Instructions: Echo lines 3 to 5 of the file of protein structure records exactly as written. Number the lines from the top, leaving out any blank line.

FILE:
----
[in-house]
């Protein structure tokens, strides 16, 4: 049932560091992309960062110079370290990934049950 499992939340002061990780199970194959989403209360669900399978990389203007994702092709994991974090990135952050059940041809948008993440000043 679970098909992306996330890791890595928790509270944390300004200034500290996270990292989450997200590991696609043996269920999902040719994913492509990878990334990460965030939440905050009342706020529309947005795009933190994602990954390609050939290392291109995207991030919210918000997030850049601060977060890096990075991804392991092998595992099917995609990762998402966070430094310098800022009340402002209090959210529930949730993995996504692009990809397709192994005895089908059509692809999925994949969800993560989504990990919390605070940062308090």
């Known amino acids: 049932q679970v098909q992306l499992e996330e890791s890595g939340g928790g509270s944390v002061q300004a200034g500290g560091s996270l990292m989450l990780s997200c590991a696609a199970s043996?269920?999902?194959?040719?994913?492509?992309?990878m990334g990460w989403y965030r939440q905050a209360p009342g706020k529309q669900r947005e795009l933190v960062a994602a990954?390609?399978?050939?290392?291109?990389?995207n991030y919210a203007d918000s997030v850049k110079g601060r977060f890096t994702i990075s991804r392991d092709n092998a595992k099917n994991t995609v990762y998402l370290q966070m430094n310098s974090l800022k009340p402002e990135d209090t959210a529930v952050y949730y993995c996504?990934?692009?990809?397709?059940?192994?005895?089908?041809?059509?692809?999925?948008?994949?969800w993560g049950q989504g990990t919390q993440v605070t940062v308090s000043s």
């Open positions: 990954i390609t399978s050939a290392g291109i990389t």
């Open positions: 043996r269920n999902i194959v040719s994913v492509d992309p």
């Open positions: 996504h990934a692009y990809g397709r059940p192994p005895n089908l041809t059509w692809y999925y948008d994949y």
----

């Known amino acids: 049932q679970v098909q992306l499992e996330e890791s890595g939340g928790g509270s944390v002061q300004a200034g500290g560091s996270l990292m989450l990780s997200c590991a696609a199970s043996?269920?999902?194959?040719?994913?492509?992309?990878m990334g990460w989403y965030r939440q905050a209360p009342g706020k529309q669900r947005e795009l933190v960062a994602a990954?390609?399978?050939?290392?291109?990389?995207n991030y919210a203007d918000s997030v850049k110079g601060r977060f890096t994702i990075s991804r392991d092709n092998a595992k099917n994991t995609v990762y998402l370290q966070m430094n310098s974090l800022k009340p402002e990135d209090t959210a529930v952050y949730y993995c996504?990934?692009?990809?397709?059940?192994?005895?089908?041809?059509?692809?999925?948008?994949?969800w993560g049950q989504g990990t919390q993440v605070t940062v308090s000043s």
């Open positions: 990954i390609t399978s050939a290392g291109i990389t």
């Open positions: 043996r269920n999902i194959v040719s994913v492509d992309p």